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DTN Midday Livestock Comments          09/28 11:51

   Traders Try to Find Stability Following Monday's Wild Ride

   Limited but firm buying has returned to most lean hog futures Tuesday 
morning following limit-up gains Monday. Cattle futures are mixed with 
short-covering gains in feeder futures offsetting further pressure in live 

By Rick Kment, Contributing Analyst


   Feeder cattle futures are the only livestock market moving in the opposite 
price direction from Monday's trade. Feeder cattle traders are focusing on the 
fact that emotional trade Monday may have overstated downward market pressure, 
while also adjusting price levels to lower corn markets Tuesday. Hog futures 
remain generally bullish; gains are firm, but nowhere as aggressive as seen 
Monday. The potential to build underlying stability across the entire livestock 
market in the next couple of days could help bring additional -- but needed -- 
buyer support back to the table heading into the month of October. December 
corn is down 4 1/2 cents per bushel and December soybean meal is down $0.80 per 
ton. The Dow Jones Industrial Average is down 438 points with Nasdaq down 390 


   Narrow losses have developed Tuesday as the live cattle complex has 
seemingly been immune to the post-report market volatility seen in all other 
livestock trade. Nearby contracts are posting uniform losses of 5 to 22 cents 
per cwt with December contracts showing the most activity -- and also the most 
price pressure of the complex. The lack of market movement Monday and Tuesday 
seems to indicate traders have already adjusted to increased cattle inventory 
levels in the last six weeks. The aggressive market pressure in nearby 
contracts based on uncertainty of long-term demand and exiting of noncommercial 
traders, points to market prices at or near support levels. Cash cattle markets 
are quiet Tuesday morning, which is not unusual at all. Bids are still 
undeveloped in all areas, but it would not be surprising if a few starter bids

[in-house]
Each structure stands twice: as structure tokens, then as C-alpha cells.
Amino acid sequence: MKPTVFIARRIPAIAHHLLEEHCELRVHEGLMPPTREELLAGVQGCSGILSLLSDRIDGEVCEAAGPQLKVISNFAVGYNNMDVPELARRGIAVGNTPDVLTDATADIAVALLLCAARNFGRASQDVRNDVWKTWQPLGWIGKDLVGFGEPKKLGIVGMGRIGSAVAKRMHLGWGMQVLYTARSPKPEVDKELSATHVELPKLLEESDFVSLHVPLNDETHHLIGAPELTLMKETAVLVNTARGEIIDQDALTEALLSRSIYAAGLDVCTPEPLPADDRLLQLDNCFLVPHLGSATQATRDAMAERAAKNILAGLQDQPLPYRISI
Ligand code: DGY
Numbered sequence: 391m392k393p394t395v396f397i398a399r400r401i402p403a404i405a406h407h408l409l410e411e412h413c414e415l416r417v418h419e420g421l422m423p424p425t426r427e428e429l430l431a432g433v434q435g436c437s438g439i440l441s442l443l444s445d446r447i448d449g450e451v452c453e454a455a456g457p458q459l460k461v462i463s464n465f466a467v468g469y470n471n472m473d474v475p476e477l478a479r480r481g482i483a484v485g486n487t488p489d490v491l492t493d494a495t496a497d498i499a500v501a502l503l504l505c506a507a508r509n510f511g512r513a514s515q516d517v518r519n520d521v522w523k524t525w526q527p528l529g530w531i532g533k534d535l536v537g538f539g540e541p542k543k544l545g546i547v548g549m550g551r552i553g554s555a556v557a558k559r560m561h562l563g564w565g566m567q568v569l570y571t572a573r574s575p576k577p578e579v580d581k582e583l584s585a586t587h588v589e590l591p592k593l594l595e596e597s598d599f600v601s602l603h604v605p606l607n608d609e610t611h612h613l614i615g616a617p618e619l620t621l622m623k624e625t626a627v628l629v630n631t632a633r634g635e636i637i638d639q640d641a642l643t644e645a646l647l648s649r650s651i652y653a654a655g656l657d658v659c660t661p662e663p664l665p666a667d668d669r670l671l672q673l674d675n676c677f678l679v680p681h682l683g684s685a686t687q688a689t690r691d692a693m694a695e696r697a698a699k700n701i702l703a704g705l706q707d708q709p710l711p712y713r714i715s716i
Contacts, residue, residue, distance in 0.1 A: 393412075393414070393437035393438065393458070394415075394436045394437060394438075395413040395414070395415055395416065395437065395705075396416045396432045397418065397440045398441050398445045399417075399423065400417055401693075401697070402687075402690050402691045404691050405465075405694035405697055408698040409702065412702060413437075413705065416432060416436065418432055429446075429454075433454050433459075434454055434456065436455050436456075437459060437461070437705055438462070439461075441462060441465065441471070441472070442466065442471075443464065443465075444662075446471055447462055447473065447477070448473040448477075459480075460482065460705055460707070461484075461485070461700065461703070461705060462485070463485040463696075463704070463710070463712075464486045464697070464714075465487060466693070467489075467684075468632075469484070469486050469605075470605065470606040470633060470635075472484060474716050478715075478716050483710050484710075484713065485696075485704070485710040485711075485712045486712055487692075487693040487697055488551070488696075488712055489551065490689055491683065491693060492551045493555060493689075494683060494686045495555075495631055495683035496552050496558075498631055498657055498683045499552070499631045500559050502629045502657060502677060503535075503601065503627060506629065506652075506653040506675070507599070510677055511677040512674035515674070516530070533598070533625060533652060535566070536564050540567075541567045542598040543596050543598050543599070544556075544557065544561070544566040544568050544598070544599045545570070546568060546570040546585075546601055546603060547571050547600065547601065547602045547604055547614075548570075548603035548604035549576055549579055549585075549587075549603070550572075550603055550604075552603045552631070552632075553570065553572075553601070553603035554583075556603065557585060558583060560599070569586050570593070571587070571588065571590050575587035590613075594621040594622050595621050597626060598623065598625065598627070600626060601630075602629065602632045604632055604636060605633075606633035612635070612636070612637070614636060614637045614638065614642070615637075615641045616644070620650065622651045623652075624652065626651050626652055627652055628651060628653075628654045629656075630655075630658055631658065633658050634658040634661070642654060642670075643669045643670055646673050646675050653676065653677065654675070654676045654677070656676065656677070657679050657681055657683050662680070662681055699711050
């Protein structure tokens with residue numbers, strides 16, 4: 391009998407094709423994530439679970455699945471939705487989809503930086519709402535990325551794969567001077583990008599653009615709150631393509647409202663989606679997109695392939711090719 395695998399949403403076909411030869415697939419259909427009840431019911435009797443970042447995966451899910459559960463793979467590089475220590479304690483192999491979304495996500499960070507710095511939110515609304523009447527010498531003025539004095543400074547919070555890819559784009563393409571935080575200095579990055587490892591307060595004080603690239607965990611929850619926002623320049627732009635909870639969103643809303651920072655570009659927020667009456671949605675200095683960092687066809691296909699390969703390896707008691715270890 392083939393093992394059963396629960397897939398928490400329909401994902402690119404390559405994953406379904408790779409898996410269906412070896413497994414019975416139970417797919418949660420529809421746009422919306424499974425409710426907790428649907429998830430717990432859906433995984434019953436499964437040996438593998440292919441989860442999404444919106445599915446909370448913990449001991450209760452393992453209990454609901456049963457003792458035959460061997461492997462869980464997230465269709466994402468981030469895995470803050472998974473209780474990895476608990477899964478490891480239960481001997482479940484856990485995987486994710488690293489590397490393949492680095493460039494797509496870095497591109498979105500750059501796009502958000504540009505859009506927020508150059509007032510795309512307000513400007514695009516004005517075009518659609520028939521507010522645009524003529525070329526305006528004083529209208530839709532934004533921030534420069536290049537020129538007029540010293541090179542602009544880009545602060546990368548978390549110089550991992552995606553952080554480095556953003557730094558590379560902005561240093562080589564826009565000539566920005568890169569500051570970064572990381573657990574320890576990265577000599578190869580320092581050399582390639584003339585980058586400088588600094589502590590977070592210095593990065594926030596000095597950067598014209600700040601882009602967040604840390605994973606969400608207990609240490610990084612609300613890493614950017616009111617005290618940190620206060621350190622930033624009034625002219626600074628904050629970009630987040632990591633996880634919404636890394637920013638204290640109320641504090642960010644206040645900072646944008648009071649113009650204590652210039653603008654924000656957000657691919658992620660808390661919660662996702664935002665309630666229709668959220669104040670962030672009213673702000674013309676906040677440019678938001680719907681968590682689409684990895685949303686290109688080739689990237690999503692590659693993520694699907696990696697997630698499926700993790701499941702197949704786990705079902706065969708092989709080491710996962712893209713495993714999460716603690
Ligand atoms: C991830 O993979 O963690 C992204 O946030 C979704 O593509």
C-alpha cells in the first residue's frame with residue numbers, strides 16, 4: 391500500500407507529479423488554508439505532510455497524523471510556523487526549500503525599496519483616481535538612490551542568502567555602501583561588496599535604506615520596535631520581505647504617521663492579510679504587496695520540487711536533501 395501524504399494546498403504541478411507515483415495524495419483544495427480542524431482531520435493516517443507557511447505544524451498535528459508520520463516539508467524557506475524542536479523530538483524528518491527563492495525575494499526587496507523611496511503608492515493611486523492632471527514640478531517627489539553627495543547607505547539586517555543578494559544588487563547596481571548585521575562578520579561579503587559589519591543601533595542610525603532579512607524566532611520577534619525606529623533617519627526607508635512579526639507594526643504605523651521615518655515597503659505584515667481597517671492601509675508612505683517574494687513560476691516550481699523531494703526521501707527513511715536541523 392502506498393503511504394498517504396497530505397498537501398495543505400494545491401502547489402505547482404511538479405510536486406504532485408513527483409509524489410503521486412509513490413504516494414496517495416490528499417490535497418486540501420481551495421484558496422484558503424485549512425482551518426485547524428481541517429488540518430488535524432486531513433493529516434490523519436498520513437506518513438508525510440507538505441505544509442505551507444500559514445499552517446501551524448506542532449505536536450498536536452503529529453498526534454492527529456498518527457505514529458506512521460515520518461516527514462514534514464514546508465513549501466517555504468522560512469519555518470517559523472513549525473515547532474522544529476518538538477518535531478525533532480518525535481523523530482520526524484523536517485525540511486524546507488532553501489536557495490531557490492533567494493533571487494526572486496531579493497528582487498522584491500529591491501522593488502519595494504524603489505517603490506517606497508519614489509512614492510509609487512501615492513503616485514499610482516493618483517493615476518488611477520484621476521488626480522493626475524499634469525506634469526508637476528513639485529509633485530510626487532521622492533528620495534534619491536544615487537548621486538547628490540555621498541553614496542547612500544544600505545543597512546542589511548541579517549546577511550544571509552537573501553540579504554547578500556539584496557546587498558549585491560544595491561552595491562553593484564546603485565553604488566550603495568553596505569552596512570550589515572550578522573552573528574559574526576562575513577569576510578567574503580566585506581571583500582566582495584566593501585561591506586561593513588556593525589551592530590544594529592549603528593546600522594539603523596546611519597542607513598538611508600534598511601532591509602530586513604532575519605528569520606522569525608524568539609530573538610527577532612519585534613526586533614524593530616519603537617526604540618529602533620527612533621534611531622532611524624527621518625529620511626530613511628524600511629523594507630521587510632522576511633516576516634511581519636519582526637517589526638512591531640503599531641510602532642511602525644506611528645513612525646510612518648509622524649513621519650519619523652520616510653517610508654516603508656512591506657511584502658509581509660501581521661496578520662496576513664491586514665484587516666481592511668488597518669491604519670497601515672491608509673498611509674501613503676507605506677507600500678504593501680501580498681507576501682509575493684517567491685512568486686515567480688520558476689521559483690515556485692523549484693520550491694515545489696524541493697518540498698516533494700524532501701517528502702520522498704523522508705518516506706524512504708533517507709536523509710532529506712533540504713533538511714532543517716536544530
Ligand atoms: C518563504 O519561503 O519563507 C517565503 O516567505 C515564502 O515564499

appear before the end of the day. Asking prices on live Southern cattle are 
around $125 per cwt but asking prices in the North are still unavailable. It is 
likely most trade will be pushed off until Wednesday or later, the price 
volatility in most markets will likely add some uncertainty to cash markets 
over the next couple of weeks. But packers are still expected to be in the 
market for moderate amounts of cattle moving into early October. Tuesday 
morning's boxed beef prices are mixed in light trade, with choice cuts $0.33 
lower at $302.37 and selects up $1.63 at $276.01 on a total count of 81 loads. 
Dow Jones estimated Tuesday's cattle slaughter at 121,000 -- 1,000 more than a 
week ago and 3,000 more than year ago levels.


   Buyers have slowly but steadily stepped back into the feeder cattle complex 
Tuesday as bearish report news seems to have slightly overstated market 
pressure early in the week. October and November contracts are holding $1 per 
cwt gains, but price pressure may still hold given recent increases in feeder 
cattle placements. It is important to remember the reports deal with historical 
data. In this situation, placement levels are as of Sept. 1, nearly a month 
ago. It is important to keep things in perspective and understand that 
placements in August were higher than nearly anyone thought, but current market 
situations also point to steady demand for feeder cattle as more cattle are 
sold into feedyards due to the seasonal cycle. It will be interesting to 
compare Sept. 1 data with Oct. 1 data and determine if this trend of increased 
placements continues through the entire season. A firm pullback in corn prices 
Tuesday is also helping add to firm but limited buyer support in nearby feeder 
cattle trade, as traders try to lock in margins before they place cattle in 
feedyards. The CME Feeder Index was priced at $153.98 for Sept. 24.


   Light to moderate buyer support is trickling back into the lean hog complex 
Tuesday morning following limit gains Monday. Traders are still trying to sort 
out exactly what the short- and long-term implications are to the much tighter 
inventory situation revealed in the Hogs and Pigs report. The report is 
quarterly, compared to most other ag and livestock reports which are monthly, 
so it gives a much less clear picture of how the hog industry is adjusting to 
market conditions. But given the uncertainty surrounding demand from China for 
U.S. pork in the coming year, significant further upside market potential could 
be temporarily limited. Wide market swings in wholesale pork prices on a daily 
basis are also adding to the confusion, creating less clarity between market 
volatility and the demand-driven direction of the market. Spot October 
contracts are holding narrow gains, while other nearby contracts are trading 50 
to 90 cents higher at midday. Cutouts are up $1.63 at $113.58 Tuesday morning 
on 190.97 loads. Negotiated hog prices are $0.99 lower at $75.14 per cwt on 
3,757 head. The swine/pork market formula price is listed at $92.53 per cwt. 
Dow Jones estimated Monday's hog slaughter at 475,000 -- steady with a week ago 
and 15,000 less than year ago levels. The CME Lean Hog Index is estimated at 
$91.51 for Sept. 24.

   Rick Kment can be reached

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